“The truth does not change according to our ability to stomach it”.
The human brain is an amazing thing. There are approximately 100bn neurons in the human brain, which funnily enough, is currently not far off the total number of humans that have ever lived (108bn). These brains – the things that began helping monkey’s outwit jungle enemies – have sent us out from our own planet and can now understand how the universe began.
And yet they are flawed is so many ways. Psychologists and the field of neuroscience has done a lot of research into how we think we are making rational decisions, yet we know those decisions often hurt us and we look back with remorse and regret not long afterwards. Just think of the last time you ate too much chocolate or drank too much.
Another type of behavioral bias is how we react to what we perceive as “incremental change where there is no immediate feedback. As such, climate change is the worst type of all behavioral problems for humans to face. It is both incremental and difficult to isolate how one’s actions can have an effect.
I won’t labor the point here, as many readers will be well aware of this already and this article isn’t on the details of climate change. Instead, I present one chart on this below. Because after years of steady change, the world’s rate of change in temperate is now accelerating higher. That is the changes are happening even faster in the last 3-4 years. This would be consistent with the IPCC previously discussed levels of 400ppm of CO2 being a tipping point.
Rather than look at the negatives of this scenario, I’d like to draw your attention to a Ted Talk on making a toaster. Don’t laugh – it’s quite funny (and yet serious). It starts with the author reading The Hitchhikers Guide to the Galaxy and thinking “Could I make a toaster if I had to?”. I won’t ruin the story, but it turns out to be harder than first thought! The point is that there is no one person on the planet who can make a toaster from scratch and yet every morning we eat our Vegemite on toasted Turkish bread.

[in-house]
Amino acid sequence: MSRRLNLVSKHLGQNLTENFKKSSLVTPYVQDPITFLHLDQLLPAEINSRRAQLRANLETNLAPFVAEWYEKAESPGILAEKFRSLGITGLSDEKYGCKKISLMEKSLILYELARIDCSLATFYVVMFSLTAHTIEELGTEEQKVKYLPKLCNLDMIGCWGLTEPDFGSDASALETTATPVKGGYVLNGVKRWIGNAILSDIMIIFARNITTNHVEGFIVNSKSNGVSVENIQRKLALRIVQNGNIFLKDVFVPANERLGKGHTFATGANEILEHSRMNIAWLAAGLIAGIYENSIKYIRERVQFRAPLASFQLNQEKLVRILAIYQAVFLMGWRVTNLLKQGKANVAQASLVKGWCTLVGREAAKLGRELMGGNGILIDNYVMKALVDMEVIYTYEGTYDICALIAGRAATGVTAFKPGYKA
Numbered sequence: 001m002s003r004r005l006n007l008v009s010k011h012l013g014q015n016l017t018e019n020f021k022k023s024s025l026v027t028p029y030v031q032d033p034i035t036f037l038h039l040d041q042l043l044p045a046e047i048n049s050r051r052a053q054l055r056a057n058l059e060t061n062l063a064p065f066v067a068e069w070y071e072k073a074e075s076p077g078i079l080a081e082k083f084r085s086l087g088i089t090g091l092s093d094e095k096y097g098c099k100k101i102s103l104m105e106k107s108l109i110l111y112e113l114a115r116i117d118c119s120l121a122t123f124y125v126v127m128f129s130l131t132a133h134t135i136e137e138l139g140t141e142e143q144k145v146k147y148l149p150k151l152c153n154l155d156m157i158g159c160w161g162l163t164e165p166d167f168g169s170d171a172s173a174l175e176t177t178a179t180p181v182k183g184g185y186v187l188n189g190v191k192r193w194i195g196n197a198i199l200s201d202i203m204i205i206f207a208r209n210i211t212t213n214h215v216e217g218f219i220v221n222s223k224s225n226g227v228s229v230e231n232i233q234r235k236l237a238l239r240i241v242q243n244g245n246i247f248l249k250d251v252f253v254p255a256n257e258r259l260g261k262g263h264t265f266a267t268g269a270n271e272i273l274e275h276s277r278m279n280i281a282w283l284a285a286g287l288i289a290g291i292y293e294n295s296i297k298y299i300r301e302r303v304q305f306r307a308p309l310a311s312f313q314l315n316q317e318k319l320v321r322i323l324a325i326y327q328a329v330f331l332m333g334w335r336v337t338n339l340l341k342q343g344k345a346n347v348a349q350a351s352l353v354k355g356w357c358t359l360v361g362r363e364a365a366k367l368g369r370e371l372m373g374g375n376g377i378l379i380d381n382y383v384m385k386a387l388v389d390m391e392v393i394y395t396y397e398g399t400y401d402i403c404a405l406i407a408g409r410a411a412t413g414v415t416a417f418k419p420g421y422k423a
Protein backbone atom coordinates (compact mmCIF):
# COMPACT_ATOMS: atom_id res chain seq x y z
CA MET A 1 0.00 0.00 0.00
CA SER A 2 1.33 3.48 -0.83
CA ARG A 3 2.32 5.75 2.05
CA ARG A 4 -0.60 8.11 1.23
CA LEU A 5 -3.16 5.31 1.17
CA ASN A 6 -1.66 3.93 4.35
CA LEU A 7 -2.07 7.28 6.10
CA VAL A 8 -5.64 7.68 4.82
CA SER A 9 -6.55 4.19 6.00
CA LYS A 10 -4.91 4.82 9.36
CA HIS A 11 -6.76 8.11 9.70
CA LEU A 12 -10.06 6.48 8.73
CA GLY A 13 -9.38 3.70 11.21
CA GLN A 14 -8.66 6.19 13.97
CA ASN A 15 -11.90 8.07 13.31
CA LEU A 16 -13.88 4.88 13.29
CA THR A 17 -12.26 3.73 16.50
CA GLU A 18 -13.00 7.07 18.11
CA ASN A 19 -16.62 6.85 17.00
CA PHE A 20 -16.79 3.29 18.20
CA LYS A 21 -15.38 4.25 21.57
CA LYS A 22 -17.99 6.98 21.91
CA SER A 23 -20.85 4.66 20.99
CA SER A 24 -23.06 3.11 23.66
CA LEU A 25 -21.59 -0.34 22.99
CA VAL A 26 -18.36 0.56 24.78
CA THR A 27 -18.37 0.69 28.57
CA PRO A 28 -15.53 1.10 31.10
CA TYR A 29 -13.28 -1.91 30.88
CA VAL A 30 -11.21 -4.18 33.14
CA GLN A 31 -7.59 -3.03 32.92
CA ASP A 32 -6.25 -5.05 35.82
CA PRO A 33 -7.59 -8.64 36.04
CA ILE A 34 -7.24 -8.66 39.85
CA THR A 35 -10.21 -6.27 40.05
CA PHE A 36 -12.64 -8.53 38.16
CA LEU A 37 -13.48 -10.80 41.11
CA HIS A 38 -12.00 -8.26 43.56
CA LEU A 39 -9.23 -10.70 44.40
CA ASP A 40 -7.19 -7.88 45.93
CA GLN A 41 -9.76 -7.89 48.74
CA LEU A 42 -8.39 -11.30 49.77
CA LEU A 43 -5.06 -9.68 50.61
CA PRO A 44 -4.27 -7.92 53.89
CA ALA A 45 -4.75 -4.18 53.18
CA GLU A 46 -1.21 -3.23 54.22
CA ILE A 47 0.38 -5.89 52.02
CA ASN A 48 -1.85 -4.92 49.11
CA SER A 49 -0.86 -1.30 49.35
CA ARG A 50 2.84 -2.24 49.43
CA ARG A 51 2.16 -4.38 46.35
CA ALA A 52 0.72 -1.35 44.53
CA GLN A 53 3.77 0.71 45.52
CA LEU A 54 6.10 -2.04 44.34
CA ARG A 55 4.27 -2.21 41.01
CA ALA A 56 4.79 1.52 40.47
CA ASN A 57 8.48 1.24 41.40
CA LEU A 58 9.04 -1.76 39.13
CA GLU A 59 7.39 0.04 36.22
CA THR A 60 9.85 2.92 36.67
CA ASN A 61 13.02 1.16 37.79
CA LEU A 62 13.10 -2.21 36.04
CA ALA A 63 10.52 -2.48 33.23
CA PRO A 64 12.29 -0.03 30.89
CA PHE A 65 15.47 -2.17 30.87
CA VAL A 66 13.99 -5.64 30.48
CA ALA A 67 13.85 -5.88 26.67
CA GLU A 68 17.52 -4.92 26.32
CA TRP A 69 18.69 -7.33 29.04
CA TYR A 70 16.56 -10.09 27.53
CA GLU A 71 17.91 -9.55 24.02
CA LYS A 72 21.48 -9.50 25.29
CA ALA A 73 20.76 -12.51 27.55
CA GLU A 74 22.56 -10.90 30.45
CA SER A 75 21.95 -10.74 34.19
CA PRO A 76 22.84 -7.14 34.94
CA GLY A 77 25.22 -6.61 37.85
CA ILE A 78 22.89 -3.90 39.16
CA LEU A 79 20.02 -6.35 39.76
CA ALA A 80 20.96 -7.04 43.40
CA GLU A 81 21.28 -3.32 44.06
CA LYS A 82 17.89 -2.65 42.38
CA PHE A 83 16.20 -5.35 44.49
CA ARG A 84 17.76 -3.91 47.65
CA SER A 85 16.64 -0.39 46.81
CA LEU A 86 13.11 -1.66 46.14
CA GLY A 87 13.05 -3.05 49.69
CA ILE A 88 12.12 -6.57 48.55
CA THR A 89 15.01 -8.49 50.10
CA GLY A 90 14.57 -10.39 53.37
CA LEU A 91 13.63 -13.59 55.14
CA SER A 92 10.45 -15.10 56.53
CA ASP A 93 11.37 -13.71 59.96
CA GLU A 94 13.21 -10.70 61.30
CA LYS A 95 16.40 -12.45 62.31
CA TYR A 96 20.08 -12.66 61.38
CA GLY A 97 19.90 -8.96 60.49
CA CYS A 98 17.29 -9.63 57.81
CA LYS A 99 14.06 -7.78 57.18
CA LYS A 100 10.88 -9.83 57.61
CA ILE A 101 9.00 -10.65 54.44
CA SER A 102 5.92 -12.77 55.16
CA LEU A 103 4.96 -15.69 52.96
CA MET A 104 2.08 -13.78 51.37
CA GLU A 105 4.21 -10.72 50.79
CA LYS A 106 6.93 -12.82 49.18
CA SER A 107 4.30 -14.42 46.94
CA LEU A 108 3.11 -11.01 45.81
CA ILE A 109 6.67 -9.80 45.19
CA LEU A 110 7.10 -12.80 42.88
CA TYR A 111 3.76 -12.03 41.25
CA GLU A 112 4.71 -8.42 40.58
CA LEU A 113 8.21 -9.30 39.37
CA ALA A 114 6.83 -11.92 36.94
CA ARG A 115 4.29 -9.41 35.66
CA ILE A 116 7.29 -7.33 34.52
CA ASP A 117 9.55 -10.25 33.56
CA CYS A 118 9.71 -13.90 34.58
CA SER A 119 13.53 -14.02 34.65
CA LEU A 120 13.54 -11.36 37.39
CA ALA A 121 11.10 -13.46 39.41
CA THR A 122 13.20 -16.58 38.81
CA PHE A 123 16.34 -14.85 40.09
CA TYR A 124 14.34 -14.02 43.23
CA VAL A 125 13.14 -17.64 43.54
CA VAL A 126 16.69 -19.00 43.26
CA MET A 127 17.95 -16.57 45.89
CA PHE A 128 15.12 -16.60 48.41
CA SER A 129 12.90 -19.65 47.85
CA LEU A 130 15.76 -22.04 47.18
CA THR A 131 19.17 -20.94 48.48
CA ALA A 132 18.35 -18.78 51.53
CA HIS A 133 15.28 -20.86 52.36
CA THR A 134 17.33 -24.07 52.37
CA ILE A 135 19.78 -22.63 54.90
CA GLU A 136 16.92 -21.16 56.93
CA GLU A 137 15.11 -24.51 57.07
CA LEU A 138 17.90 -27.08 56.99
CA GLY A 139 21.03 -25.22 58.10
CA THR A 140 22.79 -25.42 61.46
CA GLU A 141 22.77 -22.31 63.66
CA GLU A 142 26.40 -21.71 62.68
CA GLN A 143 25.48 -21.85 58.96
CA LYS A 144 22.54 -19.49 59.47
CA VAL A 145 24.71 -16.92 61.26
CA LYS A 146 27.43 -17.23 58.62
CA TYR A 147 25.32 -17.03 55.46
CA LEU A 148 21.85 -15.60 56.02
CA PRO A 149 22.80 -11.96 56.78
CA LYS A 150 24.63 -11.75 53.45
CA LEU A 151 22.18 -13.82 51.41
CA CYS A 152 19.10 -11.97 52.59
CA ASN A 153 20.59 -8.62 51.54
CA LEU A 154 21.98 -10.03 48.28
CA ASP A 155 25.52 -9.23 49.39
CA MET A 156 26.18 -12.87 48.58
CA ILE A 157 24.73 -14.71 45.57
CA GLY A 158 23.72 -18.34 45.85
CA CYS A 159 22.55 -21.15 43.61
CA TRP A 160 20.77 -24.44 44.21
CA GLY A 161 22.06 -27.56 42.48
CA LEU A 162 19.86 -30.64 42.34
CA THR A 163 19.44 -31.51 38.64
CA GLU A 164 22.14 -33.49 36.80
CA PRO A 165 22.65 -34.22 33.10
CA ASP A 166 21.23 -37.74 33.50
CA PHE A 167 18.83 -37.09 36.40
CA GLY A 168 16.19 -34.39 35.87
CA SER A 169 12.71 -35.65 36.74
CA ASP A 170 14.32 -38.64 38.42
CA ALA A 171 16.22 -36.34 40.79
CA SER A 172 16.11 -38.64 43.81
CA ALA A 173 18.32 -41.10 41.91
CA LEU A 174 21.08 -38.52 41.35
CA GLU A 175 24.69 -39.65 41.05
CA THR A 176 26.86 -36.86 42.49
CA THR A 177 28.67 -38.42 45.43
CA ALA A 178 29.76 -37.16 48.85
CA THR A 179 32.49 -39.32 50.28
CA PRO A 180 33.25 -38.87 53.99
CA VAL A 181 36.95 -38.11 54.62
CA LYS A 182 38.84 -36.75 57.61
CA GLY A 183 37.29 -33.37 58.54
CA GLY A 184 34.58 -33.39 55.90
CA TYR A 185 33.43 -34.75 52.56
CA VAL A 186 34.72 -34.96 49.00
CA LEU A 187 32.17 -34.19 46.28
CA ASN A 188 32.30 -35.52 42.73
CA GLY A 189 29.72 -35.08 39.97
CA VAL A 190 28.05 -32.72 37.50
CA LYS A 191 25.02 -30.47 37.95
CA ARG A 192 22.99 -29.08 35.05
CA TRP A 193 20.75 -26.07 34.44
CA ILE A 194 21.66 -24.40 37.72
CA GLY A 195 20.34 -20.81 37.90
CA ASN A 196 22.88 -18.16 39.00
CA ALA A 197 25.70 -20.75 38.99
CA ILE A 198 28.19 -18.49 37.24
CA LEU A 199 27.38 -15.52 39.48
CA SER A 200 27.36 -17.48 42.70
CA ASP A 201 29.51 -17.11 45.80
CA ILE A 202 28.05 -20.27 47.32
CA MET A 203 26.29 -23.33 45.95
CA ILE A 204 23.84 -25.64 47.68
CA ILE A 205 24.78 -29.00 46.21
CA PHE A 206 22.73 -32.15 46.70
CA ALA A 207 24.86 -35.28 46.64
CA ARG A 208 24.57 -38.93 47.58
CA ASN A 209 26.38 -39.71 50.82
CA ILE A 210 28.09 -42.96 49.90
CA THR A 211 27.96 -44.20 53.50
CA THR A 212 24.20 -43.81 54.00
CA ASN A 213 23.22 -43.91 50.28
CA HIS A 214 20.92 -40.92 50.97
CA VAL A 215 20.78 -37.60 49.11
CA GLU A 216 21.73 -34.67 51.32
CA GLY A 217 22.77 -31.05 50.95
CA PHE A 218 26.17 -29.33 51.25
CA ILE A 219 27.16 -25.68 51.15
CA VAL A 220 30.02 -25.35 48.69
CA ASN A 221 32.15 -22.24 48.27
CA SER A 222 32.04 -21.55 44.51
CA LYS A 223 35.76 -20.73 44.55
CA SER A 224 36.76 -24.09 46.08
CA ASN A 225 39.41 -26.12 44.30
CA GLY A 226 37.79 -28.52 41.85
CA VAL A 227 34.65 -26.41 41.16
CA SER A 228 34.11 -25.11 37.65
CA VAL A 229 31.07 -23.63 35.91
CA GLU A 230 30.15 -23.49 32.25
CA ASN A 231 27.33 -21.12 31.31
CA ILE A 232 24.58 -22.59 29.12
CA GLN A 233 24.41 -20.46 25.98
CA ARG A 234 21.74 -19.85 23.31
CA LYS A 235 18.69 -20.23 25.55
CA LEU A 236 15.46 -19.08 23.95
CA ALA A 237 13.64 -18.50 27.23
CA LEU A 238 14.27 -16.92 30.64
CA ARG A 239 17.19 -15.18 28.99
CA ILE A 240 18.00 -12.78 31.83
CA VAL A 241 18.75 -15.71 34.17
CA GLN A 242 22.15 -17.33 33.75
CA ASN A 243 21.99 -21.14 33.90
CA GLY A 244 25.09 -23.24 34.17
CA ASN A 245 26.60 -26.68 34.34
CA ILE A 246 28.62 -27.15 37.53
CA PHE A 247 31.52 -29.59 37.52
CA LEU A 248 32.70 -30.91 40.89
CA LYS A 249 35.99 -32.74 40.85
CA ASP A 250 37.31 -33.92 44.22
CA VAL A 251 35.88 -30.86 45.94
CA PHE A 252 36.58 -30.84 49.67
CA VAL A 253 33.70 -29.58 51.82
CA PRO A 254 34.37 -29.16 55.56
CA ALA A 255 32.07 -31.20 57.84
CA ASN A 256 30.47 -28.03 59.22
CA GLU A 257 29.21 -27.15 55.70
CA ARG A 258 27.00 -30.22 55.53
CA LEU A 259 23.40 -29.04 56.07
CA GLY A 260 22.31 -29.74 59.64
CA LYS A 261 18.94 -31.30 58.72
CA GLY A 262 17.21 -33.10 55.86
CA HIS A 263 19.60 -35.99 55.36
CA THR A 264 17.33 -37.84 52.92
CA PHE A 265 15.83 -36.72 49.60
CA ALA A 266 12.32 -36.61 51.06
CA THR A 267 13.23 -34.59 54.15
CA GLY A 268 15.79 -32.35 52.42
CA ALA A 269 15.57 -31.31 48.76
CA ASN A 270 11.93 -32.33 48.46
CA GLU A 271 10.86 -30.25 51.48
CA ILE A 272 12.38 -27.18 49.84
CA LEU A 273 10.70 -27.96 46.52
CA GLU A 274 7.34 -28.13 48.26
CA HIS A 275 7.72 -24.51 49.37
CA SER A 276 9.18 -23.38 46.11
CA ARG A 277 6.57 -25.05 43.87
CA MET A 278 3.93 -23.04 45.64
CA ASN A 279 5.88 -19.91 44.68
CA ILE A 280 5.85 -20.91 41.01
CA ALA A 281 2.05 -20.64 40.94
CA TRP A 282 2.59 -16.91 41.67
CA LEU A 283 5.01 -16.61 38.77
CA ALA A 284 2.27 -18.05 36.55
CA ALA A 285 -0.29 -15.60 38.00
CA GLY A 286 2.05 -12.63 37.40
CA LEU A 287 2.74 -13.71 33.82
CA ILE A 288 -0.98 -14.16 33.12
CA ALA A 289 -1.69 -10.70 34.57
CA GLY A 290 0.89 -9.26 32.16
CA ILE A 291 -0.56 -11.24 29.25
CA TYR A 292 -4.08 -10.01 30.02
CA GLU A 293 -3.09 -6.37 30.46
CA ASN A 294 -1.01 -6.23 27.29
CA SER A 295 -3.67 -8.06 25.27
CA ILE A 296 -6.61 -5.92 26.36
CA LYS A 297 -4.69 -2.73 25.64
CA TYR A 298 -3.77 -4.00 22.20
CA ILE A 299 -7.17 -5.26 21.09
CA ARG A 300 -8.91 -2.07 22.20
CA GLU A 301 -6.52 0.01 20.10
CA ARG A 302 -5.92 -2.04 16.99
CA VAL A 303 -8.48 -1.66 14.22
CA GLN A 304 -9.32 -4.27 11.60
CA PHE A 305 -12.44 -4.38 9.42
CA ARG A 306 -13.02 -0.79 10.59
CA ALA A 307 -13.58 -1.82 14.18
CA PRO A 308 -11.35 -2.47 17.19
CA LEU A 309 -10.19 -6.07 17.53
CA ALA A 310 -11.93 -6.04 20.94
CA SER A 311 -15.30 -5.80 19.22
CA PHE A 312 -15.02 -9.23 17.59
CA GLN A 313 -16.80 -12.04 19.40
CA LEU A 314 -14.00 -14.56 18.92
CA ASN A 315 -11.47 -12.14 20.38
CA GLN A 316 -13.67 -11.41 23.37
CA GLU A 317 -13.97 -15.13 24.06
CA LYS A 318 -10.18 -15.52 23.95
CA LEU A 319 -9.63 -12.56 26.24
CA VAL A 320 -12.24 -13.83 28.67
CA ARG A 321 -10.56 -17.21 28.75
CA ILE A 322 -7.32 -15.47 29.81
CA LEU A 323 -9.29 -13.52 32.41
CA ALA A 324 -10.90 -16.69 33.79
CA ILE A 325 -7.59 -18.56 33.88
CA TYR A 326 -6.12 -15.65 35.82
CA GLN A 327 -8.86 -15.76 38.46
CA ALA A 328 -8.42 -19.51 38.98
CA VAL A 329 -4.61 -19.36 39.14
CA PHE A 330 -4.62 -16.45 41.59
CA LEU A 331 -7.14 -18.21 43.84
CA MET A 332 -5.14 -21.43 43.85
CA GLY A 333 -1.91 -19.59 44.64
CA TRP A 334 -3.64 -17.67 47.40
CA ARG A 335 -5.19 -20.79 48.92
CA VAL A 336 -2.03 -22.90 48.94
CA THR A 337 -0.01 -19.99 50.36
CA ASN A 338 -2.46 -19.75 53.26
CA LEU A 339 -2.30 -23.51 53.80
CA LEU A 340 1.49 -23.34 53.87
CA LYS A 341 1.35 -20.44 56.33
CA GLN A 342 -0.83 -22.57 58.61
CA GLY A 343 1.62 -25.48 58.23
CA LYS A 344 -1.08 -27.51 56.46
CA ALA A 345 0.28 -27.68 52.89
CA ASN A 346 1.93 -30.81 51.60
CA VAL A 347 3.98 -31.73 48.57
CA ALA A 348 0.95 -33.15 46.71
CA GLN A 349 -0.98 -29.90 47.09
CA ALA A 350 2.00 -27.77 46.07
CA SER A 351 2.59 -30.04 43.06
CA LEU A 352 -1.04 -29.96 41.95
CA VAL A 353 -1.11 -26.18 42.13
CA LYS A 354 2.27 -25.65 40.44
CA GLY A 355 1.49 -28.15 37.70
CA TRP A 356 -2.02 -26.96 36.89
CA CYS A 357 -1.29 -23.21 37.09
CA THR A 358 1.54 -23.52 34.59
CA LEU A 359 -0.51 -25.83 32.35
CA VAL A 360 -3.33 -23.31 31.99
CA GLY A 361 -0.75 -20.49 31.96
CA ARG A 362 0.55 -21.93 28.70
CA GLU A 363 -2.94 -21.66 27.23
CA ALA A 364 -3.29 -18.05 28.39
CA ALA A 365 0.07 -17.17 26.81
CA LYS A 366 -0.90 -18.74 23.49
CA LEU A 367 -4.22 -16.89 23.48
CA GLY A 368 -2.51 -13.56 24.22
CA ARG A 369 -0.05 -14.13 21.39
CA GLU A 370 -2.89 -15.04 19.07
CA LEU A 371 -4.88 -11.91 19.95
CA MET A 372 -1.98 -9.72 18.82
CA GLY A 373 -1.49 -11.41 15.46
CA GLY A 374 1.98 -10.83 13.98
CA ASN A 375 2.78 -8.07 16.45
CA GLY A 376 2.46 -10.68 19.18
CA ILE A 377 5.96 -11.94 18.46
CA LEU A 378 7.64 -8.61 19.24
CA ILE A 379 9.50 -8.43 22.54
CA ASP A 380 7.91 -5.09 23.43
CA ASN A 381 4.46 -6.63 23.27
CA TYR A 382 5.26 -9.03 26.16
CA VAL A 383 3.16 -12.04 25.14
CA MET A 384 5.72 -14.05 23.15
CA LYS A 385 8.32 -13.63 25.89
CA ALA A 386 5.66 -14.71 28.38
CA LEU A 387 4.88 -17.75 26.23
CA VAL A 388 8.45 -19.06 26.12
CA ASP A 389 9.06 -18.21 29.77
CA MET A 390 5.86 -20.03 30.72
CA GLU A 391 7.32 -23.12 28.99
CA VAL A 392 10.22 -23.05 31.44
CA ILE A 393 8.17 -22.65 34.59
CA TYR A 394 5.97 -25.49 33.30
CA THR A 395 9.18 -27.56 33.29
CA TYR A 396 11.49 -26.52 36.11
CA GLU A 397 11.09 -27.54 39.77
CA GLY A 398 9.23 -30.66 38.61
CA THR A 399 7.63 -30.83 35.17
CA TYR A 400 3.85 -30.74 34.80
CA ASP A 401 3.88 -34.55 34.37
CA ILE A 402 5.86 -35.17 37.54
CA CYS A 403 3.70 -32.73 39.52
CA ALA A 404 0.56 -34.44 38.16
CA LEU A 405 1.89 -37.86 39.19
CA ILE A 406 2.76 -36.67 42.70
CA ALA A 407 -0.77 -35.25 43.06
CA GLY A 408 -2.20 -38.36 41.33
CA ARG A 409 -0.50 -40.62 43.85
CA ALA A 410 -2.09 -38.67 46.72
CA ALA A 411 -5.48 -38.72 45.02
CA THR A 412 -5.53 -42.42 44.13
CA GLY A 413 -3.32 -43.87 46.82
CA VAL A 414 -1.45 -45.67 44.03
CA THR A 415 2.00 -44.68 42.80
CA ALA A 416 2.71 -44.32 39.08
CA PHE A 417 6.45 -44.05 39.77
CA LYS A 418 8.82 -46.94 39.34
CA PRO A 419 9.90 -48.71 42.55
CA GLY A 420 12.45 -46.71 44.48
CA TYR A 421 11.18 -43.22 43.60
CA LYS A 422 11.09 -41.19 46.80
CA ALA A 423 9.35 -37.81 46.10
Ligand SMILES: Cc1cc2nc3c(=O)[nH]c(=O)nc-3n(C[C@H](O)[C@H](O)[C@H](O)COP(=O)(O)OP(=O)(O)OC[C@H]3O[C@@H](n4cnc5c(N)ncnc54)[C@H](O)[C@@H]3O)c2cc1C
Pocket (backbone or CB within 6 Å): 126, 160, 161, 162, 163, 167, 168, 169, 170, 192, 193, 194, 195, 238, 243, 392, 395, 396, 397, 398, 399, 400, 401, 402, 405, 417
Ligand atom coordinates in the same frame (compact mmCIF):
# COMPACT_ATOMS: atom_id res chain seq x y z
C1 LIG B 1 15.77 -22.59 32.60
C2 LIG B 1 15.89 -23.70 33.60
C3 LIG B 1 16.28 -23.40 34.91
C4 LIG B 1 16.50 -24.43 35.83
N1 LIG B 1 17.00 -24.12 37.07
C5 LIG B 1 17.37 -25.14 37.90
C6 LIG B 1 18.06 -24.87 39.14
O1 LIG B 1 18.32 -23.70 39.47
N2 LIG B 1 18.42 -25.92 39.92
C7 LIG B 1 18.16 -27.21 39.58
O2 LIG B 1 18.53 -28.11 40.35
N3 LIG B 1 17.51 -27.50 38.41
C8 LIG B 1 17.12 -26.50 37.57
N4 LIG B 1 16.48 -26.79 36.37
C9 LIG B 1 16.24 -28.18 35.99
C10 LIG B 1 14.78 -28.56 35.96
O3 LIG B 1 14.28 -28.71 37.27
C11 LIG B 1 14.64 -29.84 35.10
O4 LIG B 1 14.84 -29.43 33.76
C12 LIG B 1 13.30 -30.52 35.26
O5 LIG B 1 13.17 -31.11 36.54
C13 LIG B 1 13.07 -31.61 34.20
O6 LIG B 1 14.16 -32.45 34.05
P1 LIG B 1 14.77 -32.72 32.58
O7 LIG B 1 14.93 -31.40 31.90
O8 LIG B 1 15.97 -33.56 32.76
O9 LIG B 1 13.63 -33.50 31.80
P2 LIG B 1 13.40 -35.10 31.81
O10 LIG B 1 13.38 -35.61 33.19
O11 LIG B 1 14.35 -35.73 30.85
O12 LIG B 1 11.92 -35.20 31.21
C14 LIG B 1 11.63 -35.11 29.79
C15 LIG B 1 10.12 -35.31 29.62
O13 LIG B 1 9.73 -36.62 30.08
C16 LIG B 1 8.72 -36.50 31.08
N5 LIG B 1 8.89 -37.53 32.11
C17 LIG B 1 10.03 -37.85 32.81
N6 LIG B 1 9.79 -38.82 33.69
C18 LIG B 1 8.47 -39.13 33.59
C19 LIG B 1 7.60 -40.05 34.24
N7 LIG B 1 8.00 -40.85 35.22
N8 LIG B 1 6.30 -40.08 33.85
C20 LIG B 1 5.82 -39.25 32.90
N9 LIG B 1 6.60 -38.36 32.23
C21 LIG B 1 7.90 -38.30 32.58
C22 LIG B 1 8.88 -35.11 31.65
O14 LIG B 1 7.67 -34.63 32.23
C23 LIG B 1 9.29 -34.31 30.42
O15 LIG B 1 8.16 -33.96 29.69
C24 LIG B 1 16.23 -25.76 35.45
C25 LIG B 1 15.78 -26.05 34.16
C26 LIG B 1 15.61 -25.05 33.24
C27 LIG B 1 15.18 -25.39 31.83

In it lies the moral of the solution to climate change: the harnessing of capitalism; the use of the brilliance of millions of minds working independently towards their own selfish goal, to deliver the outcomes that the world needs but that no one person can do:
Ideally governments would assist by pricing carbon and using legislation and this would speed up the process.
But the over-arching point of the Toaster talk is that one doesn’t need to “guess” which renewable source is the winner. It doesn’t need a government to mandate or price carbon, as capital markets and consumers force this outcome on companies. Businesses move by their own selfish forces to better outcomes.
I grew up in Papua New Guinea. Whilst most of you know the country, less people know that it contains the 3rd largest rainforest in the world. On our own doorstep sits one of the greatest biodiversity sinks in the world, home to 800 of the world’s 7500 languages. And yet at current rates most of this rainforest will be gone in 15 years, sold to loggers for mere cents. This happens not because local people are greedy, rather the world doesn’t price their rainforest correctly. It only prices the value of the timber and this is a tragedy.
But harnessing capitalism to price outcomes correctly can result in just as powerful change in the other direction. We’ve seen that with things such as the Free Range egg campaign through to the removal of ozone emitting gases from refrigerators that the world can be changed by consumers.
So rather than despair at lack of government action, use your money to harness the power of capitalism. Harness those billions of brains and trillions of neurons. Be the toaster.
Joint CIO, Morphic Asset Management
17 years experience in financial markets.
Chad co-founded Morphic Asset Management in 2012. He was previously a Portfolio Manager and Head of Currency and Macroeconomics at Hunter Hall for five years. Prior to this, Chad was an Investment analyst at BT Financial Group including a secondment to Putnam Investments in Boston. He began his career as an Economist at Australian Federal Treasury.
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